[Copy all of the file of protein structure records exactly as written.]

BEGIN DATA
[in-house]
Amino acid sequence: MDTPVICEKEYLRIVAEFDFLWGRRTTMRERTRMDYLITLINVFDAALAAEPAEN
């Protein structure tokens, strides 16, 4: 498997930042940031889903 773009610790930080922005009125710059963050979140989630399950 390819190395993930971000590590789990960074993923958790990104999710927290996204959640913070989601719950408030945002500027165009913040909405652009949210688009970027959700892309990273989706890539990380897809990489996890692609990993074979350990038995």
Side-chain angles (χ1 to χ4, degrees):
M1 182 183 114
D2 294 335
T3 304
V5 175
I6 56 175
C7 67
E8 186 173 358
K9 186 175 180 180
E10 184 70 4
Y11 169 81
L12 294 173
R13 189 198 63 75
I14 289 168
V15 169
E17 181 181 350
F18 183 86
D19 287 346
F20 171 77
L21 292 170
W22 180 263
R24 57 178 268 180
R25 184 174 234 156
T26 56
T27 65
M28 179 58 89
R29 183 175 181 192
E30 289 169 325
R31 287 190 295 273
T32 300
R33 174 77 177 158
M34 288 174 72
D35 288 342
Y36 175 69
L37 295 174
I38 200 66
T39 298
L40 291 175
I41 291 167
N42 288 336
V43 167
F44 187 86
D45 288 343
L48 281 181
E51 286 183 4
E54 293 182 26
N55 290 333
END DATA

[in-house]
Amino acid sequence: MDTPVICEKEYLRIVAEFDFLWGRRTTMRERTRMDYLITLINVFDAALAAEPAEN
């Protein structure tokens, strides 16, 4: 498997930042940031889903 773009610790930080922005009125710059963050979140989630399950 390819190395993930971000590590789990960074993923958790990104999710927290996204959640913070989601719950408030945002500027165009913040909405652009949210688009970027959700892309990273989706890539990380897809990489996890692609990993074979350990038995």
Side-chain angles (χ1 to χ4, degrees):
M1 182 183 114
D2 294 335
T3 304
V5 175
I6 56 175
C7 67
E8 186 173 358
K9 186 175 180 180
E10 184 70 4
Y11 169 81
L12 294 173
R13 189 198 63 75
I14 289 168
V15 169
E17 181 181 350
F18 183 86
D19 287 346
F20 171 77
L21 292 170
W22 180 263
R24 57 178 268 180
R25 184 174 234 156
T26 56
T27 65
M28 179 58 89
R29 183 175 181 192
E30 289 169 325
R31 287 190 295 273
T32 300
R33 174 77 177 158
M34 288 174 72
D35 288 342
Y36 175 69
L37 295 174
I38 200 66
T39 298
L40 291 175
I41 291 167
N42 288 336
V43 167
F44 187 86
D45 288 343
L48 281 181
E51 286 183 4
E54 293 182 26
N55 290 333